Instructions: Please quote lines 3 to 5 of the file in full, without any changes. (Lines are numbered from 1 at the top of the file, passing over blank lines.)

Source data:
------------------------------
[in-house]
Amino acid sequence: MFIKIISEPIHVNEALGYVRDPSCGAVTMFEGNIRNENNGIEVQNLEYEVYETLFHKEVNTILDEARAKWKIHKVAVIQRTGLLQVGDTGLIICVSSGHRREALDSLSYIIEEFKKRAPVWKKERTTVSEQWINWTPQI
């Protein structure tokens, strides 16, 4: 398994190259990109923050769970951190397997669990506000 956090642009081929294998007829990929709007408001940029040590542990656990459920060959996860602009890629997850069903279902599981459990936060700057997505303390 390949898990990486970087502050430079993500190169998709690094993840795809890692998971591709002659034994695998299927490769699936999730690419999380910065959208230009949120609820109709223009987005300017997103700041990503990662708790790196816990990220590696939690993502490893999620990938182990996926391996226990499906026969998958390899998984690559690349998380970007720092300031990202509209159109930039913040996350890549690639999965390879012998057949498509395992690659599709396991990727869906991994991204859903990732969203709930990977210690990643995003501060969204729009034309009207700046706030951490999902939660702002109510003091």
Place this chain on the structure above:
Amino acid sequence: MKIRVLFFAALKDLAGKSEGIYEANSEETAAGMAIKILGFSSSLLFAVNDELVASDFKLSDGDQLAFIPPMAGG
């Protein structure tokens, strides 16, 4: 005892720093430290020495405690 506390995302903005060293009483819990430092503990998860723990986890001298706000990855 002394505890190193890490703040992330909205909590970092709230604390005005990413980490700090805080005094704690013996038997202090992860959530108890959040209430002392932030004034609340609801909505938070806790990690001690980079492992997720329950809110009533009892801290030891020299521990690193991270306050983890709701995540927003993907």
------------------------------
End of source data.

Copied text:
């Protein structure tokens, strides 16, 4: 398994190259990109923050769970951190397997669990506000 956090642009081929294998007829990929709007408001940029040590542990656990459920060959996860602009890629997850069903279902599981459990936060700057997505303390 390949898990990486970087502050430079993500190169998709690094993840795809890692998971591709002659034994695998299927490769699936999730690419999380910065959208230009949120609820109709223009987005300017997103700041990503990662708790790196816990990220590696939690993502490893999620990938182990996926391996226990499906026969998958390899998984690559690349998380970007720092300031990202509209159109930039913040996350890549690639999965390879012998057949498509395992690659599709396991990727869906991994991204859903990732969203709930990977210690990643995003501060969204729009034309009207700046706030951490999902939660702002109510003091």
Place this chain on the structure above:
Amino acid sequence: MKIRVLFFAALKDLAGKSEGIYEANSEETAAGMAIKILGFSSSLLFAVNDELVASDFKLSDGDQLAFIPPMAGG